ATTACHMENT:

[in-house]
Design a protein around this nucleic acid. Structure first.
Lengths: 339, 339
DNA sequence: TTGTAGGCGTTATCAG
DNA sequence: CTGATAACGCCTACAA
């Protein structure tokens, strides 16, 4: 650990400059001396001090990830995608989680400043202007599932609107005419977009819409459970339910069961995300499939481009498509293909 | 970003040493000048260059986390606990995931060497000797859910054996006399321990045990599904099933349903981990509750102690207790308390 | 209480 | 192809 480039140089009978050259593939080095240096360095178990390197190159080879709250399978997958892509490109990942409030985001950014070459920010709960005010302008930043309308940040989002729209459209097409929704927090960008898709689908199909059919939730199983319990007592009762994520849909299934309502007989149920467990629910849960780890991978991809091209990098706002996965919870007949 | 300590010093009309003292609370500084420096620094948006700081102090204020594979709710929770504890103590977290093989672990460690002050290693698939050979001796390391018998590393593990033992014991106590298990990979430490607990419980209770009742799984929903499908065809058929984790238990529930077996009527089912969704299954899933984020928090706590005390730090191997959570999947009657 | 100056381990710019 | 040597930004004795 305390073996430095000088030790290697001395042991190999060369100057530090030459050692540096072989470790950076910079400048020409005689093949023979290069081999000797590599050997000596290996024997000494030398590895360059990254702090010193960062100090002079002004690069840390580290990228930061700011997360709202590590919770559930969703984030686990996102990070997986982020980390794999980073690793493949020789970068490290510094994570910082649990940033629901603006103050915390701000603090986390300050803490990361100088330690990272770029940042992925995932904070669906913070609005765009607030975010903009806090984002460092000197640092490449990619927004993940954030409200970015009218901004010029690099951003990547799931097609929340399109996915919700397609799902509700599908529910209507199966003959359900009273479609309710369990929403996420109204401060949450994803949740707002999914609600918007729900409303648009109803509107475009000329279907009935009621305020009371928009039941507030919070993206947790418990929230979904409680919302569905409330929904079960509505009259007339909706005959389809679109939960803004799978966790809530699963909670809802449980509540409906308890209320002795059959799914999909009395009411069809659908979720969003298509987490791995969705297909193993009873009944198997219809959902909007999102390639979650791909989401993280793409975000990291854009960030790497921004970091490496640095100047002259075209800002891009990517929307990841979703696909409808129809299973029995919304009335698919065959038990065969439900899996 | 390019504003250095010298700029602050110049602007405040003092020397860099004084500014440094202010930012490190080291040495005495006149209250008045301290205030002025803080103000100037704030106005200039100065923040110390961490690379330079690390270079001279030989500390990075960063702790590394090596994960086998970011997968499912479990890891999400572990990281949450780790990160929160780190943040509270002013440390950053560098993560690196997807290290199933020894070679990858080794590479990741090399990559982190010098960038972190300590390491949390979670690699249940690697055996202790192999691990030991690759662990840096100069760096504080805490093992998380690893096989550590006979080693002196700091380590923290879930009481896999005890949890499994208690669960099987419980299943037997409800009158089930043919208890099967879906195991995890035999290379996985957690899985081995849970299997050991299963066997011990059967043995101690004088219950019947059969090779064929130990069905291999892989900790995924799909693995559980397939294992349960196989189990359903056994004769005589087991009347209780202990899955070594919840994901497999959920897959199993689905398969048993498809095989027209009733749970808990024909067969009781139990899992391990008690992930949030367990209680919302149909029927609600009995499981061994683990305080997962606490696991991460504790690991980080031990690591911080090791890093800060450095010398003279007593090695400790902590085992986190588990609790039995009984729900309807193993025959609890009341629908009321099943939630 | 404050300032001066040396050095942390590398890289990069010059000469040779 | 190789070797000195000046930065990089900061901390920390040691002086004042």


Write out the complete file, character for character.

[in-house]
Design a protein around this nucleic acid. Structure first.
Lengths: 339, 339
DNA sequence: TTGTAGGCGTTATCAG
DNA sequence: CTGATAACGCCTACAA
């Protein structure tokens, strides 16, 4: 650990400059001396001090990830995608989680400043202007599932609107005419977009819409459970339910069961995300499939481009498509293909 | 970003040493000048260059986390606990995931060497000797859910054996006399321990045990599904099933349903981990509750102690207790308390 | 209480 | 192809 480039140089009978050259593939080095240096360095178990390197190159080879709250399978997958892509490109990942409030985001950014070459920010709960005010302008930043309308940040989002729209459209097409929704927090960008898709689908199909059919939730199983319990007592009762994520849909299934309502007989149920467990629910849960780890991978991809091209990098706002996965919870007949 | 300590010093009309003292609370500084420096620094948006700081102090204020594979709710929770504890103590977290093989672990460690002050290693698939050979001796390391018998590393593990033992014991106590298990990979430490607990419980209770009742799984929903499908065809058929984790238990529930077996009527089912969704299954899933984020928090706590005390730090191997959570999947009657 | 100056381990710019 | 040597930004004795 305390073996430095000088030790290697001395042991190999060369100057530090030459050692540096072989470790950076910079400048020409005689093949023979290069081999000797590599050997000596290996024997000494030398590895360059990254702090010193960062100090002079002004690069840390580290990228930061700011997360709202590590919770559930969703984030686990996102990070997986982020980390794999980073690793493949020789970068490290510094994570910082649990940033629901603006103050915390701000603090986390300050803490990361100088330690990272770029940042992925995932904070669906913070609005765009607030975010903009806090984002460092000197640092490449990619927004993940954030409200970015009218901004010029690099951003990547799931097609929340399109996915919700397609799902509700599908529910209507199966003959359900009273479609309710369990929403996420109204401060949450994803949740707002999914609600918007729900409303648009109803509107475009000329279907009935009621305020009371928009039941507030919070993206947790418990929230979904409680919302569905409330929904079960509505009259007339909706005959389809679109939960803004799978966790809530699963909670809802449980509540409906308890209320002795059959799914999909009395009411069809659908979720969003298509987490791995969705297909193993009873009944198997219809959902909007999102390639979650791909989401993280793409975000990291854009960030790497921004970091490496640095100047002259075209800002891009990517929307990841979703696909409808129809299973029995919304009335698919065959038990065969439900899996 | 390019504003250095010298700029602050110049602007405040003092020397860099004084500014440094202010930012490190080291040495005495006149209250008045301290205030002025803080103000100037704030106005200039100065923040110390961490690379330079690390270079001279030989500390990075960063702790590394090596994960086998970011997968499912479990890891999400572990990281949450780790990160929160780190943040509270002013440390950053560098993560690196997807290290199933020894070679990858080794590479990741090399990559982190010098960038972190300590390491949390979670690699249940690697055996202790192999691990030991690759662990840096100069760096504080805490093992998380690893096989550590006979080693002196700091380590923290879930009481896999005890949890499994208690669960099987419980299943037997409800009158089930043919208890099967879906195991995890035999290379996985957690899985081995849970299997050991299963066997011990059967043995101690004088219950019947059969090779064929130990069905291999892989900790995924799909693995559980397939294992349960196989189990359903056994004769005589087991009347209780202990899955070594919840994901497999959920897959199993689905398969048993498809095989027209009733749970808990024909067969009781139990899992391990008690992930949030367990209680919302149909029927609600009995499981061994683990305080997962606490696991991460504790690991980080031990690591911080090791890093800060450095010398003279007593090695400790902590085992986190588990609790039995009984729900309807193993025959609890009341629908009321099943939630 | 404050300032001066040396050095942390590398890289990069010059000469040779 | 190789070797000195000046930065990089900061901390920390040691002086004042």